Useful Windows Phone app: Files

Web_July07_A1Files and folders are essential parts of any operating system, mobile or otherwise. In larger devices, like computers and laptops, we often have hundreds, if not thousands, of files and folders that we use to keep our systems and processes organized. However, with mobile devices, such as Windows Phone, it is difficult to actually manage your files and folders properly. In fact, it’s been one of the most requested Windows Phone features and Microsoft has recently announced a new app to make management of files and folders on your device far easier.

About the Files app for Windows Phone 8.1

In late May, Microsoft posted an article on their Windows Mobile blog announcing that the Files app had been launched. The idea behind this app is that it allows easier viewing and managing of files and folders on your Windows Phone.

With this app you can:

  • Browse for installed files
  • Arrange files into folders
  • Move files or folders from one location to another
  • Open or search for files
  • Change the name of existing files
  • Share individual or multiple files with other users

While this app is a welcome development, there is one feature that makes it great: It allows you to also access and manage files on your device’s SD card – if it has one. This means you no longer have to connect your Windows Phone to your computer in order to manage your files. You can do so directly from your phone.

Where can I get the app?

If you use your device for work we strongly recommend that you install this app, especially if you store files on your device. Find the app on the Windows Phone Store for free. Simply click the Install button in the left-hand ribbon of the page and select your device. You need to be signed into the Microsoft account you use on your phone. You can verify this by looking at the top-right of the page and hovering your mouse over Explore. If you are not signed in hover over Explore and click Sign-in. Enter the username and password of the Microsoft account you use on your phone and you should be able to install the app directly from your browser.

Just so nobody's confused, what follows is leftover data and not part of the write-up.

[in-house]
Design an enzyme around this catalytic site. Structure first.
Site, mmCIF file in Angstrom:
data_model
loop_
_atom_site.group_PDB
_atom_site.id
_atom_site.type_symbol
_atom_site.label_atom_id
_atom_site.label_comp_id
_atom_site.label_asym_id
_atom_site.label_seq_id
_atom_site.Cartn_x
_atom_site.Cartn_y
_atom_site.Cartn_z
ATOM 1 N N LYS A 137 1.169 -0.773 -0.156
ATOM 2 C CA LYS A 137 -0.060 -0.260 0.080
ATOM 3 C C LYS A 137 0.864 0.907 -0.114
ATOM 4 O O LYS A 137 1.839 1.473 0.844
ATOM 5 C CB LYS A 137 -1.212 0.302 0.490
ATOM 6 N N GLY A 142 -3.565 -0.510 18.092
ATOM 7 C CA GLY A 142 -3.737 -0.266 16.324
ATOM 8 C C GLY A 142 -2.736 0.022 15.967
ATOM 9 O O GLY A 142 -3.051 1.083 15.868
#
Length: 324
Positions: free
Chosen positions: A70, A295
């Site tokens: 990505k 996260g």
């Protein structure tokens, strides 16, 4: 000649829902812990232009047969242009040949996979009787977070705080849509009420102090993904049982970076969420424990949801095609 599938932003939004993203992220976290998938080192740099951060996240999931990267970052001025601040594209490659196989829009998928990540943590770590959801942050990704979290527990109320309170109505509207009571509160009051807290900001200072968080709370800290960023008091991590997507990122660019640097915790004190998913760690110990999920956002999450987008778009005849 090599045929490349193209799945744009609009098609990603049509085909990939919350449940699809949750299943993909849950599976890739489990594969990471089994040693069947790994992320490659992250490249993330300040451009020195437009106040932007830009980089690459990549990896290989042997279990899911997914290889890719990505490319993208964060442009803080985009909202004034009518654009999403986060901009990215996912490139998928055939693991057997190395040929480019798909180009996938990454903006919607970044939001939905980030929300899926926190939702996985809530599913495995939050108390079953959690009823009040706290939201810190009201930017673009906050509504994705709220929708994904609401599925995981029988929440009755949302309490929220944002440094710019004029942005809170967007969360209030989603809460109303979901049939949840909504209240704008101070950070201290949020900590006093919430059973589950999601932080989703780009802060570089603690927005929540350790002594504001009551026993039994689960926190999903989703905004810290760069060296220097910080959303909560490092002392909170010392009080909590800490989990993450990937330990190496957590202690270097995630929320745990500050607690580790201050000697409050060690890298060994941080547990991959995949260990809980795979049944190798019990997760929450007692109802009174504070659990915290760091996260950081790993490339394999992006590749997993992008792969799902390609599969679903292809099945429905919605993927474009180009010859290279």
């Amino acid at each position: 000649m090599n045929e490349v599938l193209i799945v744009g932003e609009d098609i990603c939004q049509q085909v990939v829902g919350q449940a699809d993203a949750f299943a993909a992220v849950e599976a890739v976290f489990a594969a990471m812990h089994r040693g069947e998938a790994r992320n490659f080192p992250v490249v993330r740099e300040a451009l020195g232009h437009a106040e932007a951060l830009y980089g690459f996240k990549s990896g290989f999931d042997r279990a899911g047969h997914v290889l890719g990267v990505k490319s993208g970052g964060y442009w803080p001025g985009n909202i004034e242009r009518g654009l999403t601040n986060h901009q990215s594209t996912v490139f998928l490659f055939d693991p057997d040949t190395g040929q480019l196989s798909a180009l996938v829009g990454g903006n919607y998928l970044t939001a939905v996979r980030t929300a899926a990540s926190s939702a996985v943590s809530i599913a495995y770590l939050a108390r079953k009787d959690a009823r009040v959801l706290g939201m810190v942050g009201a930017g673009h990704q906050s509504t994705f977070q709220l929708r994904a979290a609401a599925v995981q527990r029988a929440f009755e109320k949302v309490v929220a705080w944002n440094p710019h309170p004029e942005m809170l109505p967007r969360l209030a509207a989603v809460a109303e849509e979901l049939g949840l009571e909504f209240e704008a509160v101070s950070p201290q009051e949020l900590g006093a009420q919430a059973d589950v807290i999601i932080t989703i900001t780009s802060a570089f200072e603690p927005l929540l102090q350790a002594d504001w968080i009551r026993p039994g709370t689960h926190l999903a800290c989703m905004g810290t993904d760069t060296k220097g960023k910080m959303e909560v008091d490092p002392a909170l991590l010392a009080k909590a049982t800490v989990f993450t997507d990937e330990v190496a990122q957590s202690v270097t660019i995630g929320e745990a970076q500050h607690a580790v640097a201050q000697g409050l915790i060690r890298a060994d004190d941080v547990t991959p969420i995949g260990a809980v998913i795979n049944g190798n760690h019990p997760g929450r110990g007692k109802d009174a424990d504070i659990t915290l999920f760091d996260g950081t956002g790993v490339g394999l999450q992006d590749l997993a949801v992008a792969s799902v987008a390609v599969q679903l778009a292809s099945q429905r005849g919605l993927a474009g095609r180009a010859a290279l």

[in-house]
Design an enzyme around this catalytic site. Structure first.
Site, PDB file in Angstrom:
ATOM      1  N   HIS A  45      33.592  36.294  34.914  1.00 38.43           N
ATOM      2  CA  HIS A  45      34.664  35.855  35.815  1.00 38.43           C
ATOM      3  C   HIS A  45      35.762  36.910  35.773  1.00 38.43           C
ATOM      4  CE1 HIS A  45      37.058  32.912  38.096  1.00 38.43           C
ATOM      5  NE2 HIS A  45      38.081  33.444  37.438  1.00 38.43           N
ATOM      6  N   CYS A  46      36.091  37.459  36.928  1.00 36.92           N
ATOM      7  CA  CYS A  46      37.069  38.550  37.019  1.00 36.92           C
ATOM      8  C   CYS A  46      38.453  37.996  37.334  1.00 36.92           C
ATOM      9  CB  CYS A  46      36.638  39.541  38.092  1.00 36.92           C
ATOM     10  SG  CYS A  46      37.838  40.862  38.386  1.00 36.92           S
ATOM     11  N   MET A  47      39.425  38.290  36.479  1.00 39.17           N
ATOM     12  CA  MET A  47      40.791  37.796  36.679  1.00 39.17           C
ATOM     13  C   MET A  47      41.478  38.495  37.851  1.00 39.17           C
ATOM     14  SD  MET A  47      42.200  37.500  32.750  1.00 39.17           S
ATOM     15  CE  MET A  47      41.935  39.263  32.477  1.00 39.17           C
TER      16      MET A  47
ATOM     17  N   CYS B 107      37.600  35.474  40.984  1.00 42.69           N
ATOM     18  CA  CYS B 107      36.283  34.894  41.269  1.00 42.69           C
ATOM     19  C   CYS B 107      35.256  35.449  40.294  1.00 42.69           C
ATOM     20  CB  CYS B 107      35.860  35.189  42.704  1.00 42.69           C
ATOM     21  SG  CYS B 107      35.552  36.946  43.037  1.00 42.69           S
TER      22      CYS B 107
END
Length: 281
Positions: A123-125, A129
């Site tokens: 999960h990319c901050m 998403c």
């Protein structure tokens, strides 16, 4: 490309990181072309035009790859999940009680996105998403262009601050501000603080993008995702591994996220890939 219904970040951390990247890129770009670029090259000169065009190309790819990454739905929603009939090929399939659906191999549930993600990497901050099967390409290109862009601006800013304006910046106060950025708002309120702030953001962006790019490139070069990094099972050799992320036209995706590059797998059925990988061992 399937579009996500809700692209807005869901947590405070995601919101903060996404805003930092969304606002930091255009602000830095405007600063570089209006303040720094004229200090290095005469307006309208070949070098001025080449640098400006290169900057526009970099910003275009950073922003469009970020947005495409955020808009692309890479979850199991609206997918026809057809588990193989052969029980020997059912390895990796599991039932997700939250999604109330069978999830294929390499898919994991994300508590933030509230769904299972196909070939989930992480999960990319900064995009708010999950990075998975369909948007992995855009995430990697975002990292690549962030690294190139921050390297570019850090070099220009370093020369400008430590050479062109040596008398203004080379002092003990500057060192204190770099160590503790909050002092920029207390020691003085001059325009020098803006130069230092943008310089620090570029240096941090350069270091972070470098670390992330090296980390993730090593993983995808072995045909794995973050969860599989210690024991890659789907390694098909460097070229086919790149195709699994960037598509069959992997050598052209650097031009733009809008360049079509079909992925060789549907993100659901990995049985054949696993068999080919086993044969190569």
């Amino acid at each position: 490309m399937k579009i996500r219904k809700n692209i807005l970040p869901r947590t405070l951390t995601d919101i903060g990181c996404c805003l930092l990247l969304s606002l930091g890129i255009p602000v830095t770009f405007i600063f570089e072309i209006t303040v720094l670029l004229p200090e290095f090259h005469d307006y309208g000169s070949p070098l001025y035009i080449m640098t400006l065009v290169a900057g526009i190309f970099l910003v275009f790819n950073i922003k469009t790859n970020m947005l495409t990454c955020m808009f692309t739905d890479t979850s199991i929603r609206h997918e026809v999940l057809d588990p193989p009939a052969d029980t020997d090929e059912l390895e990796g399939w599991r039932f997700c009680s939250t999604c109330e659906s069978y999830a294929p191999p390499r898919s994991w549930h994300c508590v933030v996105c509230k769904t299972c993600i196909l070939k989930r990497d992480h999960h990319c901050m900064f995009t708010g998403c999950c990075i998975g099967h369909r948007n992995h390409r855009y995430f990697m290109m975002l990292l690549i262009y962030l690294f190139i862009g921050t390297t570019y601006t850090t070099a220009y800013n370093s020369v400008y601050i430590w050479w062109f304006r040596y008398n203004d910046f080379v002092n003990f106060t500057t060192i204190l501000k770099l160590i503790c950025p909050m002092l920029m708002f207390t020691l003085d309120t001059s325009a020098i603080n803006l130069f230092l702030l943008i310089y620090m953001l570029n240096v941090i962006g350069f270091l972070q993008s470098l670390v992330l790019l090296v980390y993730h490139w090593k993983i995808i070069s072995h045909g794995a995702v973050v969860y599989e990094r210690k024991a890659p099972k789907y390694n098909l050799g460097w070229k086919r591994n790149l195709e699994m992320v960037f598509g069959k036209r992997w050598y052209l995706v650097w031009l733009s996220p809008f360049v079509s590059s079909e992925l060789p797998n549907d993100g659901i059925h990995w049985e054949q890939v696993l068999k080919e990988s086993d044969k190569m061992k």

Alternatively, you can install the app directly to your device by:

  1. Going to the Windows Phone Store app on your device.
  2. Searching for Files.
  3. Tapping on the Files app icon (blue square with a white document icon).
  4. Pressing Install.

The app should start to download automatically and install a new tile on your home screen.

Using the Files app

To manage or view the files and folders on your device, simply open the app. You should see a screen open with the option to either look at the files on your Phone or SD card – if your device has an SD card installed.